So what can you do? Where do you start? The eleven authors below are here to help you with just that! Marketing is daunting, and chances are it always will be, but hopefully after reading this post you’ll feel a little more confident, and maybe even see the fun side! (I promise you, it exists if you know where to look.)

My personal recommendation is social media. Create a blog, sign up for Twitter, Instagram, Facebook – whichever works best for you – before your book is out, and start mentioning here and there that you’re a writer with a book in the works. I can’t stress how wonderful the writing community is. I know signing up and declaring you’re a writer can be pretty scary, but I promise you we’ll catch you and welcome you with cookies and kittens (and tea/coffee, naturally). You’ll be glad you’ve joined, trust me. The sooner you can do this, the better. Your release day may seem like a long way off when you’ve only just finished your first draft, but that’s precisely why that’s the ideal time to start promoting. Think of it this way – if you wait until your book is out, no one will know it exists on release day. But if you create a blog, post regularly, and have at least a small but intrigued social media following by release day, then those are people who do know about your book! There may not be many if it’s your first book, but a few are better than none.

There’s only one thing you need to be on social media, and that’s yourself. Make sure your posts are genuine, avoid posting nothing but “My book is awesome! You have to read it NOW!”, and you’ll find your people (sometimes refered to as your tribe) in no time!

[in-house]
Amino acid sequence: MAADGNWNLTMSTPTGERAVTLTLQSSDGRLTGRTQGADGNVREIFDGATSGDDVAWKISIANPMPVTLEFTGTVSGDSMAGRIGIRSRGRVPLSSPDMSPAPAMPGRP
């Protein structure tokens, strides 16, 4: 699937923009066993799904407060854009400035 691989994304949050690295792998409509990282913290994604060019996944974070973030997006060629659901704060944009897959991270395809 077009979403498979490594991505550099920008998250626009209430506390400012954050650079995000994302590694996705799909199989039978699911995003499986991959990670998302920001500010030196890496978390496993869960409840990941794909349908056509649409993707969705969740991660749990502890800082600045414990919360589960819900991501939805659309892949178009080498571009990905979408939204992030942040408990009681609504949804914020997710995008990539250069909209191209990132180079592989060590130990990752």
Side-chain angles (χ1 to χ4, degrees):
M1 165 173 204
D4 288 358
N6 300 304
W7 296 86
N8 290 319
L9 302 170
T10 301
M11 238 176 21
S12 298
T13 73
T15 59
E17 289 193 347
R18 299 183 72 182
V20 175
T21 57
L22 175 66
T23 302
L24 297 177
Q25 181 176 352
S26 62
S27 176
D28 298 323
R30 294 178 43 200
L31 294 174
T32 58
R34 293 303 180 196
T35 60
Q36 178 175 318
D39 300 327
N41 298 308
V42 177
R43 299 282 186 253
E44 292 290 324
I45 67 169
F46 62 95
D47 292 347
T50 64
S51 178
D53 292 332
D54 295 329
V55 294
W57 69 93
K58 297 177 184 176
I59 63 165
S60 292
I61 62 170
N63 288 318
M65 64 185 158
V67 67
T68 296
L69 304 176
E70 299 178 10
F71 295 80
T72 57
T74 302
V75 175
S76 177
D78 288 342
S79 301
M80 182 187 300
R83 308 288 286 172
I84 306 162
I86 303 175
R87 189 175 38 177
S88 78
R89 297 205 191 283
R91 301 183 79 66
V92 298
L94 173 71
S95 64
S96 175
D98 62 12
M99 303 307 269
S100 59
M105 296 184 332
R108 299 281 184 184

If you want to catch up with me on social media, glance over to the left-hand side – you’ve got all my links right there 😉

But let’s hear from the other eleven authors, shall we? (My thanks to all of you again for stopping by and sharing your insights <3 )

Nadia L. King, Author of Jenna’s Truth

A surprise that came with becoming a writer is the need for public speaking. When my debut book was published last year, I was most surprised by how much public speaking I needed to undertake. As writers, we often prefer to stay in the worlds we create in our heads. This isn’t always possible. We have to become adept at public speaking. No matter how shy you are, you will have public speaking engagements. The greater the public’s exposure to your book and to you, the more likely readers will ‘buy-in’ to your book. So get ready for radio and TV interviews, library talks, and school visits. You can have the fanciest, most sophisticated author website on the planet, but nothing beats the human touch. If we are truly to connect with our readers, we will need to speak to them and more often than not, this will require us to speak publicly.

Speaking engagements in Australia are paid and minimum rates are set by the Australian Society of Authors. Let schools and public libraries know you are available for talks by personally contacting them and providing details of what you cover in your talks and the audience you target. Remember, exposure is a powerful tool so use it when opportunities arise. So dear friends, get ready, feel the fear and do it anyway. Your book asks it of you.